Good news for those worried about being on the hook personally for ADA violations: A federal court considering a New York case has rejected an employee’s bid to hold supervisors personally liable for alleged disability discrimination.
You may not be liable personally under the ADA, but that doesn’t mean you are entirely off the hook. Under the New York State Human Rights Law, an individual who “actually participates in the conduct giving rise to the discrimination claim” can be held liable for the consequences.
New York City employers may soon find out whether merely being obese is a disability under the New York City Human Rights Law (NYCHRL). That’s because the federal 2nd Circuit Court of Appeals has sent a case back to the trial court for just that determination. If the lower court concludes the NYCHRL does cover obesity, New York City employers will face three standards for disability—the ADA, New York State Human Rights Law (NYSHRL) and the NYCHRL.
Employees who complain about alleged discrimination are protected from retaliation for doing so. In order for the employee to win a lawsuit, the retaliatory act must be adverse—that is, it must be an act that affects the employee in more than an inconsequential way. In a recent case, an employee claimed that by merely ignoring her complaint, her employer was retaliating. The 2nd Circuit Court of Appeals nixed that idea.
The U.S. Supreme Court has ruled that class actions barred by many state laws may proceed in federal court. The case in question (Shady Grove Orthopedic Associates v. Allstate) dealt with a New York state law that limited claims in certain class-action cases.
If you’re thinking about switching to a production-based compensation system that pays more to the most productive employees, don’t worry too much about the plan’s possible disparate impact on some groups. As long as you don’t use the system to discriminate against a particular group—or favor another—courts are unlikely to conclude that any uneven results were caused by discrimination.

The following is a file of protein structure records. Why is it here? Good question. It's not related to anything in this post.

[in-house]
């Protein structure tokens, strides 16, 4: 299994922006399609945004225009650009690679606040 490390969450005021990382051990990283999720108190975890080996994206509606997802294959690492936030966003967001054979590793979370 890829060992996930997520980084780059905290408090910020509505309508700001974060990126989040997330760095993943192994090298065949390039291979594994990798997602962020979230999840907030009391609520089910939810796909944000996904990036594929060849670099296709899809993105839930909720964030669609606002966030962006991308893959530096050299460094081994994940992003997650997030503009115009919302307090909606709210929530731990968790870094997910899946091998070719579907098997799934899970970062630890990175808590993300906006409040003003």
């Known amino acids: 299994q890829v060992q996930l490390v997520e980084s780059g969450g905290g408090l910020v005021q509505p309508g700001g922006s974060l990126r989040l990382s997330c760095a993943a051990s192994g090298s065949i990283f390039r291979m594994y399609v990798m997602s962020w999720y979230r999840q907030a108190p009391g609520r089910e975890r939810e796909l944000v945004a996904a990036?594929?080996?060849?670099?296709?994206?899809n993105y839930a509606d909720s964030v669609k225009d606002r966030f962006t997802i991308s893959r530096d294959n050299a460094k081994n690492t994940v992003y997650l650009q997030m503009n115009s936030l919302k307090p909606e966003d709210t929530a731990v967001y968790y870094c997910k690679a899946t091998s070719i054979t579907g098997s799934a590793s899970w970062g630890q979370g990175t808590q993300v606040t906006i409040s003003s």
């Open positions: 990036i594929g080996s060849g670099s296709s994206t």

According to the latest numbers from the Bureau of Labor Statistics, New York lost 10,000 union jobs in 2009, but greater contraction in the rest of the state’s economy actually raised the percentage of New Yorkers who belong to a union. Private- and public-sector union jobs in New York fell from 2,029,000 in 2008 to 2,019,000 in 2009.
Employees who allege they were terminated because they belong to a protected class will have a tough time winning the lawsuit if their replacement belongs to the same class—at least when the new hire comes on board before the terminated employee files her EEOC complaint or lawsuit.
Home improvement giant Lowe’s is offering free health screenings to its employees. Lowe’s partnerships with health care providers throughout New York mean employees will be able to get free checks of their blood pressure, total cholesterol, triglycerides, glucose, waist size, hip size, weight, height, body fat percentage and body-mass index.
Mildred Block had a fine run at Shea Stadium, staffing a lucrative beer stand in a prime location near the right-field cheap seats during Mets games. She averaged $40 per night in tips. The 85-year-old Block had worked the stand for nearly 20 years. But then late in the 2008 season, concession operator Aramark sent Block down to the equivalent of the minor leagues: a booth where she pockets far fewer tips.